At each venue, members of the Adobe Gaming Solutions team will be on hand to give out prizes and talk one on one. Additionally, Indie Game: The Movie’s filmmakers will hold a panel to discuss the film and answer questions from attendees at each screening. Edmund McMillen, who was featured in the documentary will be a special guest at the Santa Cruz, CA screening, and will join the panel. Edmund is a Flash game developer and co-CEO of Team Meat that produced the successful Super Meat Boy game for Xbox 360, Windows PC, Mac OS X and Linux. Super Meat Boy has sold more than one million copies to date.
Like Edmund McMillen, game developers working with Adobe technology can reach 98 percent of Internet connected PCs and up to 500 million tablets and phones with their creations. Adobe will be demonstrating some great Flash based games at GDC March 5-9 in San Francisco, both for mobile and desktop. In the meantime, learn more about Adobe & Gaming at http://www.adobe.com/solutions/gaming.html, grab your tickets for a great show, and keep your eyes open for more news coming soon!
Today, Rovio launched Angry Birds for Facebook using Flash Player 11 with support for 3D graphics. The most social version of Angry Birds yet takes advantage of hardware accelerated graphics in Flash Player to bring a silky smooth gaming experience to a wider audience than ever before. More than 130 million people play Angry Birds every day – now with Flash Player, hundreds of millions of Facebook users can do the same. New, enhanced special effects like lighting, smoke and explosions running smoothly at 60 frames per second bring the game to a whole new level and allow players to have a more connected and engaging experience. As we showed you at Adobe MAX in the fall, Rovio’s general manager of North America, Andrew Stalbow provided a sneak peek of this new hardware accelerated version of Angry Birds built on Flash Player 11:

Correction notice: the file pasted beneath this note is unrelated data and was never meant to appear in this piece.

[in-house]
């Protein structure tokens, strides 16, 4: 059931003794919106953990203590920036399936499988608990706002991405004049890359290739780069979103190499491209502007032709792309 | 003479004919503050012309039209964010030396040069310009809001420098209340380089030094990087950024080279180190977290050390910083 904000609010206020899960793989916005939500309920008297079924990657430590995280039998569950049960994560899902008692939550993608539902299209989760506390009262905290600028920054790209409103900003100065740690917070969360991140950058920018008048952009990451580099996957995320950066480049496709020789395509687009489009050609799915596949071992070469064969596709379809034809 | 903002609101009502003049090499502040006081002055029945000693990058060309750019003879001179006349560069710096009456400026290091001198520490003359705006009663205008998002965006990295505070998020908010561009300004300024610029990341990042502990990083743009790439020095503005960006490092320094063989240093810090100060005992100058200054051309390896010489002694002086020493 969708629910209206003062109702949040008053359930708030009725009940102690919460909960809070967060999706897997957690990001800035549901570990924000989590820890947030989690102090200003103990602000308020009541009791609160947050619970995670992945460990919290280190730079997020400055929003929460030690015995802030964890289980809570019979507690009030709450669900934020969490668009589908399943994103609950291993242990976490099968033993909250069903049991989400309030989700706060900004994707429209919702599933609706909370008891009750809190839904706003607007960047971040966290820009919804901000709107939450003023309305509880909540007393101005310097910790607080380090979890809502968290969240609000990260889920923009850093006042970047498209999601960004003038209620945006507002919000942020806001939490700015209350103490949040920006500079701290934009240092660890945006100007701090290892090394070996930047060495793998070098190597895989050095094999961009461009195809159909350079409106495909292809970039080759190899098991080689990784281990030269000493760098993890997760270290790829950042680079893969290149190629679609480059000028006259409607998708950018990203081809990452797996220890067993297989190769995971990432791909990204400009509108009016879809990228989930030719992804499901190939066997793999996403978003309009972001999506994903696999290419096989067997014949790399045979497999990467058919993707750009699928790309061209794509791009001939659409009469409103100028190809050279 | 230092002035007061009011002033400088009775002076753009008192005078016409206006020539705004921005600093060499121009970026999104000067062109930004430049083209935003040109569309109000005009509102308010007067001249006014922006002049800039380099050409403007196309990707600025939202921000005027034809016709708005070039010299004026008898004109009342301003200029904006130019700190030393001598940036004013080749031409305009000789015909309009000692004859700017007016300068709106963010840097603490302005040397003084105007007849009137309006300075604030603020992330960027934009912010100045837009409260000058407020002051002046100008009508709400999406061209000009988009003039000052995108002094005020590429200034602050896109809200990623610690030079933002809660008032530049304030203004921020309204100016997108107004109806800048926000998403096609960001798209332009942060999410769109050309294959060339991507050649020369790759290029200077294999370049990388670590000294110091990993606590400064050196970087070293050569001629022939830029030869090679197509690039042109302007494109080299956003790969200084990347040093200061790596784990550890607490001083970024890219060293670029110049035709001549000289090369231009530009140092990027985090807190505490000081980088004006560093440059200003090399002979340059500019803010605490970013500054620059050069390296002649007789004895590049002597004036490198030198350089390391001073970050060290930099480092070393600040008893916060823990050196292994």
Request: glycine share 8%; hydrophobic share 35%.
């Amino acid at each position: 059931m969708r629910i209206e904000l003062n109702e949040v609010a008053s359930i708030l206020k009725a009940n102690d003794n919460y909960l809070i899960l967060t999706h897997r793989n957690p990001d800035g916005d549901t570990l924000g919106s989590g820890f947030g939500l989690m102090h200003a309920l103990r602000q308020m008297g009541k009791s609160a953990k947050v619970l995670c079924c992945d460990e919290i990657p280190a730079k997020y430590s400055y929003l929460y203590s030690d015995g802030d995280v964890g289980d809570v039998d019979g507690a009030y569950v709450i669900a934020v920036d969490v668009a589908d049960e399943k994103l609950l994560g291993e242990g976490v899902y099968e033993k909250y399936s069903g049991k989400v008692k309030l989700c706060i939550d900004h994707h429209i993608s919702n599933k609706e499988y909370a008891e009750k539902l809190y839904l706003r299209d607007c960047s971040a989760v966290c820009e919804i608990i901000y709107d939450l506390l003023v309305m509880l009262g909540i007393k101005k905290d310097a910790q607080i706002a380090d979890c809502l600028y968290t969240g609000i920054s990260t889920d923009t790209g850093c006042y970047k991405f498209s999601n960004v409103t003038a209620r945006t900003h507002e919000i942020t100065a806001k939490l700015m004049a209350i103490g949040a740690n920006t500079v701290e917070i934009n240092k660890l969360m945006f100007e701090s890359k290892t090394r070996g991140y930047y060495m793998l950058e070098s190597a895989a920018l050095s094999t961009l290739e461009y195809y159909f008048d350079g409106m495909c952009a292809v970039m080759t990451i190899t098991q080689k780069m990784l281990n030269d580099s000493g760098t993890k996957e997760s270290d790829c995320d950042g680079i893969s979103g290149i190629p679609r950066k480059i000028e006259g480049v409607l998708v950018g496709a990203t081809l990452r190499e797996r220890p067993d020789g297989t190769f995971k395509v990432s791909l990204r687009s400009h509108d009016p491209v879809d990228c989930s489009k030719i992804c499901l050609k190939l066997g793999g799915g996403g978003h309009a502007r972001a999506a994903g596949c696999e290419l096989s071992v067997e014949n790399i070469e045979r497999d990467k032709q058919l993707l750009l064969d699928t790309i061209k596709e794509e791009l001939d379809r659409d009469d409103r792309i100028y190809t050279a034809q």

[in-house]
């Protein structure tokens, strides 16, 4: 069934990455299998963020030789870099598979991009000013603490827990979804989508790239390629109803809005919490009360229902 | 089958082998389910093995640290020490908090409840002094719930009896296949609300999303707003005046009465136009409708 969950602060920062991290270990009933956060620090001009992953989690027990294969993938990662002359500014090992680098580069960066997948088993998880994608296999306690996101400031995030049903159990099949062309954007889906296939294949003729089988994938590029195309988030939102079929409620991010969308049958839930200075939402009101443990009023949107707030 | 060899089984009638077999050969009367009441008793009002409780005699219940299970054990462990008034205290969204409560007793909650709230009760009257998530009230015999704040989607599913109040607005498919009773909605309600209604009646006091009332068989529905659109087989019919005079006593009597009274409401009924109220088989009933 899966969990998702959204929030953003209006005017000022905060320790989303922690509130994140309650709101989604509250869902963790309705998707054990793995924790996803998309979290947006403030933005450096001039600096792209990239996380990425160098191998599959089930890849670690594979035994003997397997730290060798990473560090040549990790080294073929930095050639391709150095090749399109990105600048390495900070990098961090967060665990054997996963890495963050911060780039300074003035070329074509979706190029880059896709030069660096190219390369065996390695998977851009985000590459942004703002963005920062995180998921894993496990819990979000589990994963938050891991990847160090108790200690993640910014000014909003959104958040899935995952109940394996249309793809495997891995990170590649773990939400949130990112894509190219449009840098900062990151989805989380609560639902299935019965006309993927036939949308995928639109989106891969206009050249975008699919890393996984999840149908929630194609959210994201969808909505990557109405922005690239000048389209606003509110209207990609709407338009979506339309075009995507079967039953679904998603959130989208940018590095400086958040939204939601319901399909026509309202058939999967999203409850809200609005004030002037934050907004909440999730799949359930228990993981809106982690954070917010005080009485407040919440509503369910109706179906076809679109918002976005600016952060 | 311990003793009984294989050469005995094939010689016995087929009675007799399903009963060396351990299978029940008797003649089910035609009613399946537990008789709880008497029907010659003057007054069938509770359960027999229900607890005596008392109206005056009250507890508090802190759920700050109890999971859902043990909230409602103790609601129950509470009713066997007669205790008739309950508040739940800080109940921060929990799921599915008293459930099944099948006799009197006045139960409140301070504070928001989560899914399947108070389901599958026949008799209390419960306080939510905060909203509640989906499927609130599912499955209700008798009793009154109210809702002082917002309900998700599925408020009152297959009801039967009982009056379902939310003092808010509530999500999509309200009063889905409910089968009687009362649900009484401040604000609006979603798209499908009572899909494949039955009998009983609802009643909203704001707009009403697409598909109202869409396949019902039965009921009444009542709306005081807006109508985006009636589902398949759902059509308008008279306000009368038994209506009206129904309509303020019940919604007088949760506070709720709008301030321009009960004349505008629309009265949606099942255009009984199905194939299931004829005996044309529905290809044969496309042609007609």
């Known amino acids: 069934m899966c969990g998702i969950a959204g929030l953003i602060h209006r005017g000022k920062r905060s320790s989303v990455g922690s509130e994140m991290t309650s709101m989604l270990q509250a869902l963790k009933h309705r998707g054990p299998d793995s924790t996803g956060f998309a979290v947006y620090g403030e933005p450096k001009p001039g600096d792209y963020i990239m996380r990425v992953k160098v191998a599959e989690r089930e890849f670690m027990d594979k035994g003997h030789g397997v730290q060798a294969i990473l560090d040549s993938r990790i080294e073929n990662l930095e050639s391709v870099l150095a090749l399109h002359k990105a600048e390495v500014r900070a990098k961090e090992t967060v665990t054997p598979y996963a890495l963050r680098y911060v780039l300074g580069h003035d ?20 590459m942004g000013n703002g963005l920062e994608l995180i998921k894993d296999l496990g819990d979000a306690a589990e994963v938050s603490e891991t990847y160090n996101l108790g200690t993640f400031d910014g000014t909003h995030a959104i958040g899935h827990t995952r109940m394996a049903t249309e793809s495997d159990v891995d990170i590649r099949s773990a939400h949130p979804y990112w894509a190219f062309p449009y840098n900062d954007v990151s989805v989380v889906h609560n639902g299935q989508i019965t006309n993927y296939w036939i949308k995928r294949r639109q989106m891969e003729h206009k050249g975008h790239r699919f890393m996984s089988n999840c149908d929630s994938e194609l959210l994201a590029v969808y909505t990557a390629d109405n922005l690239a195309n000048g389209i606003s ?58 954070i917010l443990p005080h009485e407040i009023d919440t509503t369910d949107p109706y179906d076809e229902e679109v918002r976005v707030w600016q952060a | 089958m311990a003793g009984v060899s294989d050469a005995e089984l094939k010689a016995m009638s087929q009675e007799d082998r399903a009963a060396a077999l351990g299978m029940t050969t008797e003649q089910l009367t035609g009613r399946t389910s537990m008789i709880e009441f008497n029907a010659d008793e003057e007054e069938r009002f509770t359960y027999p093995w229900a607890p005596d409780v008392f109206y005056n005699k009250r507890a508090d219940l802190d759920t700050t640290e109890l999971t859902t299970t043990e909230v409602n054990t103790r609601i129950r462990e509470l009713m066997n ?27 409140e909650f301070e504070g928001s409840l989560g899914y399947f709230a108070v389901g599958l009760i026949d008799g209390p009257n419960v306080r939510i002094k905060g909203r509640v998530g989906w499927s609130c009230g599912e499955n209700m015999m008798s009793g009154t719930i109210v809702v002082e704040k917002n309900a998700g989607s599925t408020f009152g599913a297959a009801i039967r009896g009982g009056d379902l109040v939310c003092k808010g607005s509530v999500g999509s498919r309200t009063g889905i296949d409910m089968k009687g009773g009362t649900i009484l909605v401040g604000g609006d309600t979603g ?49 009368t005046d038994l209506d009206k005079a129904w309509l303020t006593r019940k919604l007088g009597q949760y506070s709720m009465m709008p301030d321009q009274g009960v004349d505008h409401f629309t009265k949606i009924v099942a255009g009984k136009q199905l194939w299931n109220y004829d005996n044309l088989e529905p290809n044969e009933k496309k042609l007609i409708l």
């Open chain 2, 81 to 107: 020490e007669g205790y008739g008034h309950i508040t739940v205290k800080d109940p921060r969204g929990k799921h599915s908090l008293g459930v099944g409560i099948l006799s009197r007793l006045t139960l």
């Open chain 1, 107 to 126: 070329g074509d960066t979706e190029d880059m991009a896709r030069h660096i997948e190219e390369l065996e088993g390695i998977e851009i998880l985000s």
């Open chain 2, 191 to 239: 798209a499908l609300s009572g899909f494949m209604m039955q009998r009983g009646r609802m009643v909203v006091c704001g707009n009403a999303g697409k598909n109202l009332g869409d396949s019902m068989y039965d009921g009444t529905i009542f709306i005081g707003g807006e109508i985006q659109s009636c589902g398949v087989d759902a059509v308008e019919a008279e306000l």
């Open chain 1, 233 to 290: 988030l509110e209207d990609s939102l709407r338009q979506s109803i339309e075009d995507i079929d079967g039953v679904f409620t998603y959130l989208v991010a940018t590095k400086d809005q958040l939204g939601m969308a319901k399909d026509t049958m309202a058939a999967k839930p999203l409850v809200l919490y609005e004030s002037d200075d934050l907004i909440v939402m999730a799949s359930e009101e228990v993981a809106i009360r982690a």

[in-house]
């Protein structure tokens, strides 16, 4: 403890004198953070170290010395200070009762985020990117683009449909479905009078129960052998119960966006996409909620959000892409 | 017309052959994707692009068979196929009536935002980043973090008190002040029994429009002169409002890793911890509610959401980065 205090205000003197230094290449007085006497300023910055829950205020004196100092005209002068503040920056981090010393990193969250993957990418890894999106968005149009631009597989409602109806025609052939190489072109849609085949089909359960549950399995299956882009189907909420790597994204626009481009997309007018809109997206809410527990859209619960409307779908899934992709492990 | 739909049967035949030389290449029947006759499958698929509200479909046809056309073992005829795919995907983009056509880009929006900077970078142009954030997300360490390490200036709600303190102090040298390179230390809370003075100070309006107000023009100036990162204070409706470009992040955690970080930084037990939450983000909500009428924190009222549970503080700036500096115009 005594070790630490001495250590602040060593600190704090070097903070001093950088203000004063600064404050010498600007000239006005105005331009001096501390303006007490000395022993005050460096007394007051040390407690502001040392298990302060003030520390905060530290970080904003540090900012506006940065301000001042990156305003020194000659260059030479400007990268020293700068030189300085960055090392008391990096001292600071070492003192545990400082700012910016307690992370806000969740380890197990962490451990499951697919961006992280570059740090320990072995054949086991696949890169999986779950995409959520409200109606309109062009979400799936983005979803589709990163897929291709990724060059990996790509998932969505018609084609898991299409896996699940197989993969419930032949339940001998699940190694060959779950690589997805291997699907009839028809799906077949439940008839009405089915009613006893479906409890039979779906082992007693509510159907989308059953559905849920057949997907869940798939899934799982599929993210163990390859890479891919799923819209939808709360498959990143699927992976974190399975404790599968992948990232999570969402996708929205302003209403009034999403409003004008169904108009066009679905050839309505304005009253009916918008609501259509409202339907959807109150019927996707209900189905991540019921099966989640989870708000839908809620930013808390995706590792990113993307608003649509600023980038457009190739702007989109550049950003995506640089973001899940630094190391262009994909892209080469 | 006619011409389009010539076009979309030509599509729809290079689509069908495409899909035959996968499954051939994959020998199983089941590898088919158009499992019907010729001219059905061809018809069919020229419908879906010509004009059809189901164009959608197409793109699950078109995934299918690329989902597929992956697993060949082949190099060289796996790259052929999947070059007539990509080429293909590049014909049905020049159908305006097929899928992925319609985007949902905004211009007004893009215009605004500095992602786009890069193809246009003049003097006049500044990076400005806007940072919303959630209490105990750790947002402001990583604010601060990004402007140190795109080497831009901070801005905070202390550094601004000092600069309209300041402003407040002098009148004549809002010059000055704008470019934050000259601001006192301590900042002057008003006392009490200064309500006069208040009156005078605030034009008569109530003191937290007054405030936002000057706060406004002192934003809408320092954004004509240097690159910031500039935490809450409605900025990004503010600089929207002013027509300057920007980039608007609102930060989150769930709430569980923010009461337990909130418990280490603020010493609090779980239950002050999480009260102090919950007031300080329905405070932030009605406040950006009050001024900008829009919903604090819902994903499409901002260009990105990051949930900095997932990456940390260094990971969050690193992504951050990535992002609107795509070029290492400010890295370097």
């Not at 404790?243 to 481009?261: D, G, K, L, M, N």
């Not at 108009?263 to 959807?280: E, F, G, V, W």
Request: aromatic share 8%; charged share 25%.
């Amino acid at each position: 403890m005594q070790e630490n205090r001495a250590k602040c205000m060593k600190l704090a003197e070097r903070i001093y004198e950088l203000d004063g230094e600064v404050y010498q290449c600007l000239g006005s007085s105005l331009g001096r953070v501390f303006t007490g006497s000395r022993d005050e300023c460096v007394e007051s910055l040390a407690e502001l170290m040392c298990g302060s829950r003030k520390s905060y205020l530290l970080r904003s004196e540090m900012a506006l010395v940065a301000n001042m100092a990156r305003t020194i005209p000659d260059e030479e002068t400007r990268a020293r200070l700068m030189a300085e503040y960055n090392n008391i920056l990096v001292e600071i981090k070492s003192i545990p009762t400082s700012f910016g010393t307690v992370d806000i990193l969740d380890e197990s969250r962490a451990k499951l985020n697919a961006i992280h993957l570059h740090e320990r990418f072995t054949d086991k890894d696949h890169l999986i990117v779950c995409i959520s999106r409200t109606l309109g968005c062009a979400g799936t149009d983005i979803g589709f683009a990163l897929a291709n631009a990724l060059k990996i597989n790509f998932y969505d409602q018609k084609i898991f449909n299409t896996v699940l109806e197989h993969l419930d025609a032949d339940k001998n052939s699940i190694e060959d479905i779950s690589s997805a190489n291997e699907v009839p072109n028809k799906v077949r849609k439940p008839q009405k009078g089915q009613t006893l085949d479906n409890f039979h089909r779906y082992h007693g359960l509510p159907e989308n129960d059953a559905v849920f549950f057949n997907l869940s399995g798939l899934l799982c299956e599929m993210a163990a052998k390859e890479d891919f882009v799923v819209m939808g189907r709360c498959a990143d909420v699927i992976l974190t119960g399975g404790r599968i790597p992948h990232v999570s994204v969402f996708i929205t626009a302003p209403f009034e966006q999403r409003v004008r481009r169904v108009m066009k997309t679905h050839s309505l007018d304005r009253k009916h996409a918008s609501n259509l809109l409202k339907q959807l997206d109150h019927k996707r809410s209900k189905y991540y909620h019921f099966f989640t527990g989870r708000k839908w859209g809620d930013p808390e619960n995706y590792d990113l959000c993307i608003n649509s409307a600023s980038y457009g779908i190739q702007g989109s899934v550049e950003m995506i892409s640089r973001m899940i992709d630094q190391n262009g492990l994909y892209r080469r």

Angry Birds on Facebook game makes it even more exciting to play with friends, offering amazing new power-ups like Sling Scope, Birdquake, King Sling and Super Seed to extend players’ gratifying arsenals. And with new accelerated graphics, the feathery antics have never been more fun to more people. For more information about how to power-up your games using Flash and AIR, please visit the Adobe Gaming Solutions site.
As we announced last year, we are investing in our Flash technologies to support the kind of innovative 3D and 2D games that developers and publishers want to deliver both in browsers and through mobile apps. To give developers access to high-performance C/C++ code, we told you we’re creating an improved, paid, fully supported release of Alchemy for production development. This new addition will be available later this year and will allow developers to publish content leveraging Alchemy technology in Flash Player 11 or AIR 3 and beyond. Meanwhile, a few months ago we introduced full GPU-accelerated graphics rendering with Stage3D, which provides 1000x faster rendering performance over the previous versions of Flash Player and AIR on the desktop. Stage3D in Flash Player already enables fluid, hardware accelerated graphics for more people in more browsers than any other web technology. And we’re now seeing exciting previews of Stage3D hardware acceleration coming for mobile devices like iPhone, iPad, and Android smartphones and tablets.